This page provides you with instructions on how to extract data from MySQL and analyze it in Tableau. (If the mechanics of extracting data from MySQL seem too complex or difficult to maintain, check out Stitch, which can do all the heavy lifting for you in just a few clicks.)
What is MySQL?
MySQL is the world's most popular open source relational database management system (RDBMS). It's the data store for countless websites and applications; chances are you interact with MySQL-powered technology every day. MySQL is largely used as a transactional or operational database, and not as much for analytics.
What is Tableau?
Tableau is one of the world's most popular analysis platforms. The software helps companies model, explore, and visualize their data. It also offers cloud capabilities that allow analyses to be shared via the web or company intranets, and its offerings are available as both installed software and as a SaaS platform. Tableau is widely known for its robust and flexible visualization capabilities, which include dozens of specialized chart types.
In addition to its business software, Tableau also offers a free product called Tableau Public for analyzing open data sets. If you're new to Tableau, this offering is a great way to experience Tableau's capabilities at no cost and share your work publicly.
Getting data out of MySQL
MySQL provides several methods for extracting data; the one you use may depend upon your needs and skill set.
The most common way to get data out of any database is simply to write queries. SELECT queries allow you to pull the data you want. You can specify filters and ordering and limit results.
If you're looking to export data in bulk, there's an easier alternative. Most MySQL installs include a handy command-line tool called mysqldump that allows you to export entire tables and databases in a format you specify, including delimited text, CSV, or an SQL query that would restore the database if run.
Loading data into Tableau
Analyzing data in Tableau requires putting it into a format that Tableau can read. Depending on the data source, you may have options for achieving this goal, but the best practice among most businesses is to build a data warehouse that contains the data, and then connect that data warehouse to Tableau.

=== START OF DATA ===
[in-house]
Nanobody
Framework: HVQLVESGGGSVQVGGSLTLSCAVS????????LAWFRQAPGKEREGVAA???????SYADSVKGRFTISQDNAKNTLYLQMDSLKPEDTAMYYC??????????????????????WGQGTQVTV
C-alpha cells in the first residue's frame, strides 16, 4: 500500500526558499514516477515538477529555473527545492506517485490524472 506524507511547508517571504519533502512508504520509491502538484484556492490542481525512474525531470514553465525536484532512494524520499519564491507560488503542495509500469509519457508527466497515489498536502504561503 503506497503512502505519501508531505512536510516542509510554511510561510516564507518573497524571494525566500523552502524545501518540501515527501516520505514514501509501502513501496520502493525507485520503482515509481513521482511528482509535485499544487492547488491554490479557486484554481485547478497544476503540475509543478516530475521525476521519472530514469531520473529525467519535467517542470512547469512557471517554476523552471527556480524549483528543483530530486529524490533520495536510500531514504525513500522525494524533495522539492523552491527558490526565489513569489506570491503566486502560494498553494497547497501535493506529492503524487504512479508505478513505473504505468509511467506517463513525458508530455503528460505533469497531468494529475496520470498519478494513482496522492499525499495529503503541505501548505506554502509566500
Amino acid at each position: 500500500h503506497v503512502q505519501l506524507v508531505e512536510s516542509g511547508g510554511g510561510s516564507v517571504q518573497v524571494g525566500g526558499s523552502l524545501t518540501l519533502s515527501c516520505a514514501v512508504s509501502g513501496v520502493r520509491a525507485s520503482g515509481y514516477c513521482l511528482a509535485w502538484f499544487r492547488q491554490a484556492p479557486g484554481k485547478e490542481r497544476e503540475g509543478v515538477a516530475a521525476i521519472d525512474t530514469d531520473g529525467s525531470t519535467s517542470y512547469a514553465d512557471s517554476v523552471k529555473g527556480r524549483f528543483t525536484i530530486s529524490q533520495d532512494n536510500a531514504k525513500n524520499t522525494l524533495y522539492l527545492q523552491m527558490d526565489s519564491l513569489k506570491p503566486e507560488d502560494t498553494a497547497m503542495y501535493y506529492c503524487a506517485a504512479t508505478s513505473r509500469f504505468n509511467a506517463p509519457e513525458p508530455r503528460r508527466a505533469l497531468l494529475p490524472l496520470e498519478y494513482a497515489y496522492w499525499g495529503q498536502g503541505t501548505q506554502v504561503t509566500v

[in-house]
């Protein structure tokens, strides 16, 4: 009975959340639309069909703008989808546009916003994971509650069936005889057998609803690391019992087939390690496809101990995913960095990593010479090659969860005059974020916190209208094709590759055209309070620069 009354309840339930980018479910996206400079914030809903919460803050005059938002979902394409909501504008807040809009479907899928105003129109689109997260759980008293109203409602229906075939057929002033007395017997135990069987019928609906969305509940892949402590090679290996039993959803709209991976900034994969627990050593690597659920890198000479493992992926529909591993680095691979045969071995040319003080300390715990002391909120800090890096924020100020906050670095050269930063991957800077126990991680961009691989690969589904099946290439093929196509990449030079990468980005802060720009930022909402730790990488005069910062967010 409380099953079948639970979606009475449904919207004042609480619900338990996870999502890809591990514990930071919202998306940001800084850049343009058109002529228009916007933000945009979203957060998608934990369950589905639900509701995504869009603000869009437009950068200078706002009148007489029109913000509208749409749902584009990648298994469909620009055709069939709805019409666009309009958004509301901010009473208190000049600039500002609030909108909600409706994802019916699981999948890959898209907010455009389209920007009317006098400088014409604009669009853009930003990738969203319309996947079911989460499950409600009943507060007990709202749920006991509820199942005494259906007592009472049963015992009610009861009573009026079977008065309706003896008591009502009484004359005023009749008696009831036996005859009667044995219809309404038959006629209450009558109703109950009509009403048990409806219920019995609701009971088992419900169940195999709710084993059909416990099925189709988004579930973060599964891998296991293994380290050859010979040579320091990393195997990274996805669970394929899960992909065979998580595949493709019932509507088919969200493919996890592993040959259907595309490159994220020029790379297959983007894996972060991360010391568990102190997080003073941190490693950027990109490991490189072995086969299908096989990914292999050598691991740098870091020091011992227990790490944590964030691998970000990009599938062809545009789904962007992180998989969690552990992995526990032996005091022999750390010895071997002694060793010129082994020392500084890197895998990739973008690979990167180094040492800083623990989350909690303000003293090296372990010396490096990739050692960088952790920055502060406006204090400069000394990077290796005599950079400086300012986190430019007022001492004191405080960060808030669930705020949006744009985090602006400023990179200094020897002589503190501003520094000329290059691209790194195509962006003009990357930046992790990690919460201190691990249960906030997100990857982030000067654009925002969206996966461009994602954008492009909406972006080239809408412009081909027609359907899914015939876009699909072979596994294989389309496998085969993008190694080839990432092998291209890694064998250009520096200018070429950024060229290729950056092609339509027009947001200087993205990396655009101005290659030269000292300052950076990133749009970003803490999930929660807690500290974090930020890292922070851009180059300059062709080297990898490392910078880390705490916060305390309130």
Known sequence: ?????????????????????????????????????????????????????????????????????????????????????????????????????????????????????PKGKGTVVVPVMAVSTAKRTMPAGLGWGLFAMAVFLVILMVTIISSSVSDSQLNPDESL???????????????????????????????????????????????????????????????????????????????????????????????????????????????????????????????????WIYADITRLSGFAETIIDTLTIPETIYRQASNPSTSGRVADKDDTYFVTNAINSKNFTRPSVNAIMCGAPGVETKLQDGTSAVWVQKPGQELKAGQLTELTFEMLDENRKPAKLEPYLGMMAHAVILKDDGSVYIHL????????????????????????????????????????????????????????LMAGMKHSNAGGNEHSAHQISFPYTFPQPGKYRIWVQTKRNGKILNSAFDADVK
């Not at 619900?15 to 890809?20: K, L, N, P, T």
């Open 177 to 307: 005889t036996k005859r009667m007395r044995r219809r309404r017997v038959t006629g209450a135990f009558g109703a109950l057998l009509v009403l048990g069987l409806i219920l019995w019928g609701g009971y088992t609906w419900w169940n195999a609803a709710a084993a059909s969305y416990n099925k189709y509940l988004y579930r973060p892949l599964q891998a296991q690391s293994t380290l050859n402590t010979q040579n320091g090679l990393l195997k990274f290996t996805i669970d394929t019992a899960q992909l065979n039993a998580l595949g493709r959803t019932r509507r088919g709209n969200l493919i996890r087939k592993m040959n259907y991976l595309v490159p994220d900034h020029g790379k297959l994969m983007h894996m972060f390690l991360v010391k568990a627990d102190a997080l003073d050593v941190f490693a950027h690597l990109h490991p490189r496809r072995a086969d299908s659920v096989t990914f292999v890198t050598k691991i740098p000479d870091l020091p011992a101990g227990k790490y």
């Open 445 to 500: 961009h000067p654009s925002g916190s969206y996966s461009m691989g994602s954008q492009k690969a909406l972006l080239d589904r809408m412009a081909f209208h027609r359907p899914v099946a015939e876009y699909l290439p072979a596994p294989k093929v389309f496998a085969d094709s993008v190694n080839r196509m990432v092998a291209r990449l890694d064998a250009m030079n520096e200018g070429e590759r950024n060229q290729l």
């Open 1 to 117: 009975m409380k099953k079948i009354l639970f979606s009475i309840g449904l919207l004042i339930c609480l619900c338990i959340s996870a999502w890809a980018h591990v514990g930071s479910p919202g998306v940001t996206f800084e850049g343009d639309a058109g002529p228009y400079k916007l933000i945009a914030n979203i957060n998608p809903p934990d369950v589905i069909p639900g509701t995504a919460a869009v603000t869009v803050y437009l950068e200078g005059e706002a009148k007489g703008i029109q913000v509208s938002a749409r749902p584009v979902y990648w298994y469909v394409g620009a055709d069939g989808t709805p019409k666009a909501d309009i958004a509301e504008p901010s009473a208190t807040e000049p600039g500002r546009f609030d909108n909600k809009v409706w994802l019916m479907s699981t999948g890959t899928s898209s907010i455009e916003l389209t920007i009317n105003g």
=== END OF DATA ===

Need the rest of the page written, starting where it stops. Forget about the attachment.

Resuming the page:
Tableau provides an easy-to-use Connect menu that allows you to connect data from flat files, direct data sources, and data warehouses. In most cases, connecting these sources is simply a matter of creating and providing credentials to the relevant services.
Once the data is connected, Tableau offers an option for locally caching your data to speed up queries. This can make a big difference when working with slower database platforms or flat files, but is typically not necessary when using a scalable data warehouse platform. Tableau's flexibility and speed in these areas are among its major differentiators in the industry.
Analyzing data in Tableau
Tableau's report-building interface may seem intimidating at first, but it's one of the most powerful and intuitive analytics UIs on the market. Once you understand its workflow, it offers fast and nearly limitless options for building reports and dashboards.
If you're familiar with Pivot Tables in Excel, the Tableau report building experience may feel somewhat familiar. The process involves selecting the rows and columns desired in the resulting data set, along with the aggregate functions used to populate the data cells. Users can also specify filters to be applied to the data and choose a visualization type to use for the report.
You can learn how to build a report from scratch for free (although a sign-in is required) from the Tableau documentation.
Keeping MySQL data up to date
The script you have now should satisfy all your data needs for MySQL — right? Not yet. How do you load new or updated data? It's not a good idea to replicate all of your data each time you have updated records. That process would be painfully slow; if latency is important to you, it's not a viable option.
Instead, you can identify some key fields that your script can use to bookmark its progression through the data, and pick up where it left off as it looks for updated data. Auto-incrementing fields such as updated_at or created_at work best for this. When you've built in this functionality, you can set up your script as a cron job or continuous loop to get new data as it appears in MySQL.
From MySQL to your data warehouse: An easier solution
As mentioned earlier, the best practice for analyzing MySQL data in Tableau is to store that data inside a data warehousing platform alongside data from your other databases and third-party sources. You can find instructions for doing these extractions for leading warehouses on our sister sites MySQL to Redshift, MySQL to BigQuery, MySQL to Azure Synapse Analytics, MySQL to PostgreSQL, MySQL to Panoply, and MySQL to Snowflake.
Easier yet, however, is using a solution that does all that work for you. Products like Stitch were built to move data automatically, making it easy to integrate MySQL with Tableau. With just a few clicks, Stitch starts extracting your MySQL data, structuring it in a way that's optimized for analysis, and inserting that data into a data warehouse that can be easily accessed and analyzed by Tableau.